The Leica Q2 Monochrom (and the regular Q2) do not form part of Leica’s regular camera ranges. It might look closest in design and audience to the Leica M range, and the Summilux lens bears the same name as some legendary M lenses, but this is a compact camera with an electronic viewfinder and a fixed lens, and is about as far from the M rangefinder design as you can get.
The Leica Q2 is designed for photographers who are happy to embrace the limitations and the creative constraints of a fixed focal length lens in exchange for a stripped-down way of seeing and composing images, combined with some of the finest engineering in the camera world.
You don’t buy a Leica Q2 to get the most features for your money. And that’s certainly true of the Leica Q2 Monochrom, which strips away yet another modern convenience – color – in its pursuit of a classic photographic experience.
The Summilux 28mm f/1.7 shares the same name as a range of Leica M rangefinder lenses, but it is in fact a very different lens which has both autofocus and image stabilisation built in – Leica’s M lenses have neither.
The Q2 also has an electronic through-the-lens viewfinder rather than the Leica M series rangefinders system. It looks a bit like a Leica M (and costs almost as much), but the Leica Q2 is in fact a thoroughly modern compact digital camera.
Sensor: 47.3MP full frame monochrome sensor
Image processor: Maestro
AF points: 225-field contrast AF with face detection
ISO range: 100 to 100,000 (50,000 for video)
Video: Uncropped 4K UHD up to 30p
Viewfinder: EVF, 3.68m dots, 100% coverage
Memory card: 1x SD/SDHC/SDXC UHS II
LCD: 3-inch fixed touchscreen, 1.04m dots
Max burst: 10fps
Size: 130 x 80 x 91.9mm
Weight: 734g (with battery)
The Leica Q2 Monochrom has a full frame 47.3MP monochrome sensor with no color filter array, so it’s incapable of capturing images in color at all. The kind of user considering this camera won’t be fazed by that – they will have another camera for color work.
Despite the high resolution, the sensor also has a high maximum sensitivity of ISO 100,000 (ISO 50,000 for video). Leica says its monochrome sensor has a dynamic range of 13EV, 2EV better than 11EV dynamic range of the regular Leica Q2. It can also capture images at up to 10fps.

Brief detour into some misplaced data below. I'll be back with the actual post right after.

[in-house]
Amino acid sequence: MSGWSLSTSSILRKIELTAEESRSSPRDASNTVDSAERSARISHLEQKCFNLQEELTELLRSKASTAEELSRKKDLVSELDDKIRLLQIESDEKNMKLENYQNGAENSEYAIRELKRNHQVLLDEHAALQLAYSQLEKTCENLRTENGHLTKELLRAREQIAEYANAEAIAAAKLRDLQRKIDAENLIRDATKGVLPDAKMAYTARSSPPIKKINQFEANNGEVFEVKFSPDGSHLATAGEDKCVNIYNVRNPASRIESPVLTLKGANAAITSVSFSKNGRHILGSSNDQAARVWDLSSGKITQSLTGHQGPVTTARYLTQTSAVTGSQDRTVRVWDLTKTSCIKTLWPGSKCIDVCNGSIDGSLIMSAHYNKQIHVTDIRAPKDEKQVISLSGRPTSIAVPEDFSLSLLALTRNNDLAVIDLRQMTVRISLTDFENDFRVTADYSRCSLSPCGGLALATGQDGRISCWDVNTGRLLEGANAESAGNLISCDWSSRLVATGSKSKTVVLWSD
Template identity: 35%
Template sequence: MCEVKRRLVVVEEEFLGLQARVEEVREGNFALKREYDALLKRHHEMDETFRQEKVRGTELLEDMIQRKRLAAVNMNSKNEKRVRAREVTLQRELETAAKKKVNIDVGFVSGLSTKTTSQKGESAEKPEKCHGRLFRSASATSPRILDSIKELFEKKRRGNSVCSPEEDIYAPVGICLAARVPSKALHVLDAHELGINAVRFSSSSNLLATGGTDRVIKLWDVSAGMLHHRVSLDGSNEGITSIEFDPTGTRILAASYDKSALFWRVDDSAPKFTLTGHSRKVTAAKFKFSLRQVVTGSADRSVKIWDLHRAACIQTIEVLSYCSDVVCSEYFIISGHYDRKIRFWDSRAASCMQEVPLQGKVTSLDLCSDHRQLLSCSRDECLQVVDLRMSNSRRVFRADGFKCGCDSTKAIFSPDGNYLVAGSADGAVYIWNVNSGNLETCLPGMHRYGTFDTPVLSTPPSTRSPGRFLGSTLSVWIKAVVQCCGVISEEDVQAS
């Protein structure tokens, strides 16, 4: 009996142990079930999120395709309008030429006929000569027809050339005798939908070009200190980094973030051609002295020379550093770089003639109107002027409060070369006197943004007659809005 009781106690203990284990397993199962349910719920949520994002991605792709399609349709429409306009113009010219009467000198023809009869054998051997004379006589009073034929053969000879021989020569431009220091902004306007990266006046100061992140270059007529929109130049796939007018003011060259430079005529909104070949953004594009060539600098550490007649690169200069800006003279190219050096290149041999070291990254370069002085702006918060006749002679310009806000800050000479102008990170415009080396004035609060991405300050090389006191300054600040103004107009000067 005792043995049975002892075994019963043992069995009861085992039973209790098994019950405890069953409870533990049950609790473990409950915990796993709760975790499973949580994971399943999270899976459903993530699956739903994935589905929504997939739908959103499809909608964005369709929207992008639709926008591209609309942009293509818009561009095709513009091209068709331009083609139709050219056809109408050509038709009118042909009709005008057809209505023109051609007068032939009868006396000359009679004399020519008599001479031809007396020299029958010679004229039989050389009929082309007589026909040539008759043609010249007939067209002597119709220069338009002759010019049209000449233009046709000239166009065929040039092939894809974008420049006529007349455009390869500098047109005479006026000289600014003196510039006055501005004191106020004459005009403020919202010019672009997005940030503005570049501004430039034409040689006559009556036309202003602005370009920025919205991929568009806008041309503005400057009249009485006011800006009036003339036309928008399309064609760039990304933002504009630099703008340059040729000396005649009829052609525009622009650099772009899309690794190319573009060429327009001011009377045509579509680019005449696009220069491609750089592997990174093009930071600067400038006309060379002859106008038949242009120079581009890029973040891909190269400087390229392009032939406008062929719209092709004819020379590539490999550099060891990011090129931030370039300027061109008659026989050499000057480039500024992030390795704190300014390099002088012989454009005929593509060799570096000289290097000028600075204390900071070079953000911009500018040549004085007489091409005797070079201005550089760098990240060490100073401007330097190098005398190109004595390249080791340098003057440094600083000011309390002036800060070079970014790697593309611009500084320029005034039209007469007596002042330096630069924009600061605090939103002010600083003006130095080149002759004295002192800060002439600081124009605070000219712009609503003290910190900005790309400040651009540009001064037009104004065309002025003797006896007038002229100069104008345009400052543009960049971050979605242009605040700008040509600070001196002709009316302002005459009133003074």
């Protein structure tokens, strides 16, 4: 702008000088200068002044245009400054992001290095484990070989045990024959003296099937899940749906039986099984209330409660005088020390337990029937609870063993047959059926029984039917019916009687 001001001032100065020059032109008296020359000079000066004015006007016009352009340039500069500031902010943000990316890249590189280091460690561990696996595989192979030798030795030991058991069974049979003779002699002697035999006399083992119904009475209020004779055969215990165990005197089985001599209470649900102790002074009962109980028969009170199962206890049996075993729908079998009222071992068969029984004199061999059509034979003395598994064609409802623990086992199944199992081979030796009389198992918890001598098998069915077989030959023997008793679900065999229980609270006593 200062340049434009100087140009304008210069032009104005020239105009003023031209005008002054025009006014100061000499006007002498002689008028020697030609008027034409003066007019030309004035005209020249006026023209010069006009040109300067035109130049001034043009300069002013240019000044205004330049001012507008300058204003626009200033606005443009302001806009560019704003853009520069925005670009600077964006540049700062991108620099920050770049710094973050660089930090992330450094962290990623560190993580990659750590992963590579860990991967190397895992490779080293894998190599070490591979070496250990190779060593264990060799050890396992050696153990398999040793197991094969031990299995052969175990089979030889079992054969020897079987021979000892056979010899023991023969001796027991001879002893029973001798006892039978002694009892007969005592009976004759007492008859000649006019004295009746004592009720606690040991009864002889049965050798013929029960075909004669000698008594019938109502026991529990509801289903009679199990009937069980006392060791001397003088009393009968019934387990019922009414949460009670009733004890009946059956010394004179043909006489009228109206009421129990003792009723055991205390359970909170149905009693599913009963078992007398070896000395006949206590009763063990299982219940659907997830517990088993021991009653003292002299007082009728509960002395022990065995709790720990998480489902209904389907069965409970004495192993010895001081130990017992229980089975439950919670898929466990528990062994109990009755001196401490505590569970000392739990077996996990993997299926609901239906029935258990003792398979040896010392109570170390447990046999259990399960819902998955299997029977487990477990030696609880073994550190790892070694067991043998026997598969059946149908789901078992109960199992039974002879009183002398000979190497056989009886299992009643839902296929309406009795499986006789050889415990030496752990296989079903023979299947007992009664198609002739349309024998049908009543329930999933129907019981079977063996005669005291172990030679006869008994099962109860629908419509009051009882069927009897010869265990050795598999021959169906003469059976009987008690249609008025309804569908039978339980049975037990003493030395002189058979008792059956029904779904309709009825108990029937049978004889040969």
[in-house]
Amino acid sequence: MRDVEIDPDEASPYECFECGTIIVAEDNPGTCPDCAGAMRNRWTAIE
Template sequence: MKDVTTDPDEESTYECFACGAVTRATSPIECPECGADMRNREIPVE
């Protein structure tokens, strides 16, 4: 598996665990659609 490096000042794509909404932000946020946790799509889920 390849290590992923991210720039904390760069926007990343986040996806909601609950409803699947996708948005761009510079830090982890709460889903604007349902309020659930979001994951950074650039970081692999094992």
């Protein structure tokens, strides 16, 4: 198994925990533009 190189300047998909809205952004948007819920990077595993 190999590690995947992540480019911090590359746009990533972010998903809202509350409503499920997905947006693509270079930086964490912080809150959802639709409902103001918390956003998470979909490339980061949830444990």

This might be a fixed focal length lens, but Leica has built in 35mm, 50m and 75mm ‘digital’ focal lengths complete with brightline frames in the viewfinder when these are activated. That might not sound appealing, but with 47MP on tap, a cropped image will still have lots of detail – and it’s only the JPEG that’s cropped, as if it’s set up for raw capture too, the Leica will save an uncropped DNG file alongside
Focusing is via a 225-area contrast AF system with face detection, and Leica claims the camera can focus in as little as 0.15sec. Though there is also a manual focus mode activated via a release button on the lens, and there is quite a wide and precise focus distance scale, with handy depth of field markers for hyperfocal focusing and zone focusing.
It’s interesting that Leica has given the Q2 Monochrom video capability. It can capture 4K video at 30p or full HD at up to 120p.
The lens has a macro mode for close focusing down to a distance of 17mm, which is activated by turning a ring at the base. When you do this, a new, more precise focus distance scale comes into view, which is a nice touch.
The Leica Q2 Monochrom has a magnesium alloy body and P52 dust and spray protection. It’s designed to be discreet, and there’s no Leica red dot logo on the front – though you do get one displayed briefly on the rear screen when you power down.
One especially nice touch is that the menu system has been modified for the monochrome version, so that instead of Leica’s regular color modes, you now get monochrome toning options.
Build and handling
You wouldn’t say that the Q2 Monochrom has been moulded to fit the human hand, exactly. Like Leica’s M models, it has a simple rectangular shape with enough grip (thanks in part to a scalloped thumb rest on the back) but not a lot. You’ll want to wear this camera with a strap.
The controls are minimal but effective. The lens has a clearly marked aperture ring, plus an ‘A’ setting for automatic aperture selection. On top there’s a shutter speed ring, also with an ‘A’ setting. If you set both to ‘A’ you get program auto exposure; otherwise you set one to ‘A’ and adjust the other to get aperture-priority or shutter-priority automation. Or, of course, you can set he exposure manually.
Round the back is a fixed rear screen that doesn’t even have a tilt adjustment, three buttons and a small four-way controller. This looks and feels quite small but has a very firm, precise action.
There is a small unmarked button on the back which you can use to cycle through the optional ‘zoom’ settings, and on top are two further unmarked function buttons. You press these once to activate that function, or press and hold for a few moments to choose which function they will be used for.
This is so much simpler and more intuitive than the tedious setup screens other camera makers insist on. In fact, the Leica’s whole interface is both clear and efficient. One press of the Menu button opens a quick settings screen and then, if you need more menu options, you just scroll down to that option. Why use two buttons when you can use one? Whatever Leica pays its interface designers, they’re worth it!
Many controls are not labelled, but you very quickly learn and remember what everything does. The EVF and rear screen are both excellent, displaying the same rich, dense monochromatic tones captured by the sensor.
The shutter action deserves a special mention for being EXTREMELY quiet and soft. There’s no mirror mechanism to make a noise and because the lens is not interchangeable Leica has been able to use – we understand – an in-lens leaf shutter rather than a bigger and noisier focal plane shutter.
Performance(opens in new tab) (opens in new tab)
The key point about the Q2 Monochrom (and the previous M10 Monochrom) is that the mono sensor is not just a pointless limitation. With a monochrome sensor there is no data interpolation or detail-softening ‘demosaicing’ process as colors are reconstructed from neighbouring pixels.